In Hollywood movie circles, there are genres like Horror or Science Fiction, cross genres like Action-Thriller or Drama-Comedy, and sub-genres like Romantic Comedy or Mystery Thriller.
Then there are story types, a shorthand way to describe a specific narrative conceit that is almost always tied directly to the movie’s central concept. They can be found in any genre, cross genre, or sub-genre.
In July for this series, we have explored over 20 of these movie story types. Knowledge about and awareness of these story types can be a boost not only to your understanding of film history and movie trends, but also as fodder for brainstorming new story concepts. Mix and match them. Invert them. Gender bend them. Genre bend them. Geo bend them.
Movie story types exist for a reason: Because they work. Hopefully this series will help you make them work for you.
Biopic is an abbreviation of ‘biographical motion picture’. Per Wikipedia:
A film that dramatizes the life of an actual person or people. Such films show the life of a historical person and the central character’s real name is used. They differ from films “based on a true story” or “historical films” in that they attempt to comprehensively tell a person’s life story or at least the most historically important years of their lives.
Some examples of biopics:
Marie Antoinette (1938): The life of Marie Antoinette (1755-1793) from betrothal and marriage in 1770 to her beheading.
Young Mr. Lincoln (1939): A fictionalized account of the early life of the American president as a young lawyer facing his greatest court case.
Lawrence of Arabia (1962): A flamboyant and controversial British military figure and his conflicted loyalties during his World War I service in Arabia.
Coal Miner’s Daughter (1980): Biography of Loretta Lynn, a country and western singer that came from poverty to fame.
Raging Bull (1980): An emotionally self-destructive boxer’s journey through life, as the violence and temper that leads him to the top in the ring, destroys his life outside it.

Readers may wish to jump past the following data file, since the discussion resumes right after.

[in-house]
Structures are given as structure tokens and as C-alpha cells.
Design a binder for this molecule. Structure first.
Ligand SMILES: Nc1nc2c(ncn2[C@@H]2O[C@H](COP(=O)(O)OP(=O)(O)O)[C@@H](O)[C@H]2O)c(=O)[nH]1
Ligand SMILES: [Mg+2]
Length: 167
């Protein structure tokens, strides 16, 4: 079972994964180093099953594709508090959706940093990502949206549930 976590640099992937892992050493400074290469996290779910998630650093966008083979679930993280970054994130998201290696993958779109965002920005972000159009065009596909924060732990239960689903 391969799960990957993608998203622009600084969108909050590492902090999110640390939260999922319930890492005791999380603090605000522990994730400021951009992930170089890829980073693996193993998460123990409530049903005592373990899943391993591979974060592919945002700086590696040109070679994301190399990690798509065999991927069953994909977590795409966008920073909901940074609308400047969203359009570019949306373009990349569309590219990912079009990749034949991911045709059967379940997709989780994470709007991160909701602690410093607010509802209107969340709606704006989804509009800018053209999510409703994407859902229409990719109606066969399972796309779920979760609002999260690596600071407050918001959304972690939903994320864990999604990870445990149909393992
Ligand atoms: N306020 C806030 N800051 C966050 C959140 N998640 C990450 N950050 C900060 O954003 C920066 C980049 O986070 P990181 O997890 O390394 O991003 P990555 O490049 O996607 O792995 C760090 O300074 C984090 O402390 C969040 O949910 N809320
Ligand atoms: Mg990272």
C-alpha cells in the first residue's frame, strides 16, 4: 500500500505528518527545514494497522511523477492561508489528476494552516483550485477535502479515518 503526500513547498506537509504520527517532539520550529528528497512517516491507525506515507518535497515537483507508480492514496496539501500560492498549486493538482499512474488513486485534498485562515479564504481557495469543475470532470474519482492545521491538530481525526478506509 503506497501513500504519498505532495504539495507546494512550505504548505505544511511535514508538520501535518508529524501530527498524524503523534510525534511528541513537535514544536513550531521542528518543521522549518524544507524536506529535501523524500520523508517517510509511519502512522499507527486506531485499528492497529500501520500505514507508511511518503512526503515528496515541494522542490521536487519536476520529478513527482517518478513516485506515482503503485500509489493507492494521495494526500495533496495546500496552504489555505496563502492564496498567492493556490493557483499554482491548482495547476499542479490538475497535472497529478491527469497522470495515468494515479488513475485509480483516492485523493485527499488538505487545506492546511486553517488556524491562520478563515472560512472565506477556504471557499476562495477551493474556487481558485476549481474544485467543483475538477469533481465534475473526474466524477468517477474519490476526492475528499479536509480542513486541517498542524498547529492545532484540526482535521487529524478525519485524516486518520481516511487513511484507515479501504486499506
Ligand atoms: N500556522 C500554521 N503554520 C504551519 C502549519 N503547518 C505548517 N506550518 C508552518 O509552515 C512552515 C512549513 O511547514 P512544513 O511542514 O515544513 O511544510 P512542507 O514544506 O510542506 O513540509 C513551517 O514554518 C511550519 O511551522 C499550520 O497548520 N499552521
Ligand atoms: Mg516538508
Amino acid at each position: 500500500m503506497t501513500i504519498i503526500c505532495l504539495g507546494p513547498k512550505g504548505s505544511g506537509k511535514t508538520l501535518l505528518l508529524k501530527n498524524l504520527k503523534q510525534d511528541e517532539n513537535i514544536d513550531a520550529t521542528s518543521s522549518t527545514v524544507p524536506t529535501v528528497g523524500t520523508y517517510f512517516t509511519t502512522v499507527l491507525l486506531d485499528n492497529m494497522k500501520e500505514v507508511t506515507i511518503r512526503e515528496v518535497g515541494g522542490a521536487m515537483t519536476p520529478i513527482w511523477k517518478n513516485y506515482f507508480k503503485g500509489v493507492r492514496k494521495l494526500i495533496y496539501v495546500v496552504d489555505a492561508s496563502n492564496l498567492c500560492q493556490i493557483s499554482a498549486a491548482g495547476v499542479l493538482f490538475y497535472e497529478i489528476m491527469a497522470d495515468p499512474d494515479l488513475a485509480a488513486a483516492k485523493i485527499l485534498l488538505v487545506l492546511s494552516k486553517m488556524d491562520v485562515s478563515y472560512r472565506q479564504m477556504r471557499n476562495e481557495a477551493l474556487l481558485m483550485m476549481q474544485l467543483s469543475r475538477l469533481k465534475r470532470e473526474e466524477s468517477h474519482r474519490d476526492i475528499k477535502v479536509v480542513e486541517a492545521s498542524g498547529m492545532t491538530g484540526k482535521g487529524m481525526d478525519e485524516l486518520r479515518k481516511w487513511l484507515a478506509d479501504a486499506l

The Elephant Man (1980): A Victorian surgeon rescues a heavily disfigured man who is mistreated while scraping a living as a side-show freak. Behind his monstrous facade, there is revealed a person of intelligence and sensitivity.
Reds (1981):A radical American journalist becomes involved with the Communist revolution in Russia and hopes to bring its spirit and idealism to the United States.
Silkwood (1983): The story of Karen Silkwood, a metallurgy worker at a plutonium processing plant who was purposefully contaminated, psychologically tortured and possibly murdered to prevent her from exposing blatant worker safety violations at the plant.
Amadeus (1984): The incredible story of Wolfgang Amadeus Mozart, told by his peer and secret rival Antonio Salieri – now confined to an insane asylum.
The Last Emperor (1987): The story of the final Emperor of China.
Malcolm X (1992): The biopic of the controversial and influential Black Nationalist leader.
Schindler’s List (1993): In Poland during World War II, Oskar Schindler gradually becomes concerned for his Jewish workforce after witnessing their persecution by the Nazis.
Ed Wood (1994): The mostly true story of the legendary director of awful movies and his strange group of friends and actors.
Erin Brockovich (2000): An unemployed single mother becomes a legal assistant and almost single-handedly brings down a California power company accused of polluting a city’s water supply.